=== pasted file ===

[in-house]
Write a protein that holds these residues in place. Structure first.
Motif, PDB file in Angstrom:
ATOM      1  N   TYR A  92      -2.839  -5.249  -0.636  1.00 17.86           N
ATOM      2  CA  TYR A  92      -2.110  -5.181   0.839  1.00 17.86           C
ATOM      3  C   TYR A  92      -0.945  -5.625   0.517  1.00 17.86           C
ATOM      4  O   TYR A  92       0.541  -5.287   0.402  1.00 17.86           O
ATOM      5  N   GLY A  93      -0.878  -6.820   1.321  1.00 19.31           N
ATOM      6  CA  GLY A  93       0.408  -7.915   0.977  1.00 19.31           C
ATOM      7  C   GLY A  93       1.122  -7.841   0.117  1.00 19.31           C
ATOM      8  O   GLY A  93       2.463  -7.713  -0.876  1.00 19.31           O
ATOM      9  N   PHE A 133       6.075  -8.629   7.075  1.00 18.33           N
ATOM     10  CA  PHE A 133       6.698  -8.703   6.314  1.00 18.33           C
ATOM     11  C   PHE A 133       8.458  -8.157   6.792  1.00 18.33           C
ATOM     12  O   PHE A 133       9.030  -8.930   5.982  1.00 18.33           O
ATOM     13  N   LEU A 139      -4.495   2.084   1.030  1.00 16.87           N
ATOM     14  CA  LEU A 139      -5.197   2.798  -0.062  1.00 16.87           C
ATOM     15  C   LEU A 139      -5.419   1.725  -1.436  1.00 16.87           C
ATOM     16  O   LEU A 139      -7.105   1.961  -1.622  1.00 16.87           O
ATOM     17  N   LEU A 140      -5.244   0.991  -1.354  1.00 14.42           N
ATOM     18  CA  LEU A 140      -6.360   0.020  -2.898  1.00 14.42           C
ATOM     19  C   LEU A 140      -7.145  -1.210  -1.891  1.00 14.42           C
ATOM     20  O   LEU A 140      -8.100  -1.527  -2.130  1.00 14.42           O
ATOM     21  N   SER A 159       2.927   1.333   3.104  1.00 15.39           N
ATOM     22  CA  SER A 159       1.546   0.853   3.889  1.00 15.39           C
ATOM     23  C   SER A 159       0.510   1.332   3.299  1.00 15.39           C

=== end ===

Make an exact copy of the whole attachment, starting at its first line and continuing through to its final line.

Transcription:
[in-house]
Write a protein that holds these residues in place. Structure first.
Motif, PDB file in Angstrom:
ATOM      1  N   TYR A  92      -2.839  -5.249  -0.636  1.00 17.86           N
ATOM      2  CA  TYR A  92      -2.110  -5.181   0.839  1.00 17.86           C
ATOM      3  C   TYR A  92      -0.945  -5.625   0.517  1.00 17.86           C
ATOM      4  O   TYR A  92       0.541  -5.287   0.402  1.00 17.86           O
ATOM      5  N   GLY A  93      -0.878  -6.820   1.321  1.00 19.31           N
ATOM      6  CA  GLY A  93       0.408  -7.915   0.977  1.00 19.31           C
ATOM      7  C   GLY A  93       1.122  -7.841   0.117  1.00 19.31           C
ATOM      8  O   GLY A  93       2.463  -7.713  -0.876  1.00 19.31           O
ATOM      9  N   PHE A 133       6.075  -8.629   7.075  1.00 18.33           N
ATOM     10  CA  PHE A 133       6.698  -8.703   6.314  1.00 18.33           C
ATOM     11  C   PHE A 133       8.458  -8.157   6.792  1.00 18.33           C
ATOM     12  O   PHE A 133       9.030  -8.930   5.982  1.00 18.33           O
ATOM     13  N   LEU A 139      -4.495   2.084   1.030  1.00 16.87           N
ATOM     14  CA  LEU A 139      -5.197   2.798  -0.062  1.00 16.87           C
ATOM     15  C   LEU A 139      -5.419   1.725  -1.436  1.00 16.87           C
ATOM     16  O   LEU A 139      -7.105   1.961  -1.622  1.00 16.87           O
ATOM     17  N   LEU A 140      -5.244   0.991  -1.354  1.00 14.42           N
ATOM     18  CA  LEU A 140      -6.360   0.020  -2.898  1.00 14.42           C
ATOM     19  C   LEU A 140      -7.145  -1.210  -1.891  1.00 14.42           C
ATOM     20  O   LEU A 140      -8.100  -1.527  -2.130  1.00 14.42           O
ATOM     21  N   SER A 159       2.927   1.333   3.104  1.00 15.39           N
ATOM     22  CA  SER A 159       1.546   0.853   3.889  1.00 15.39           C
ATOM     23  C   SER A 159       0.510   1.332   3.299  1.00 15.39           C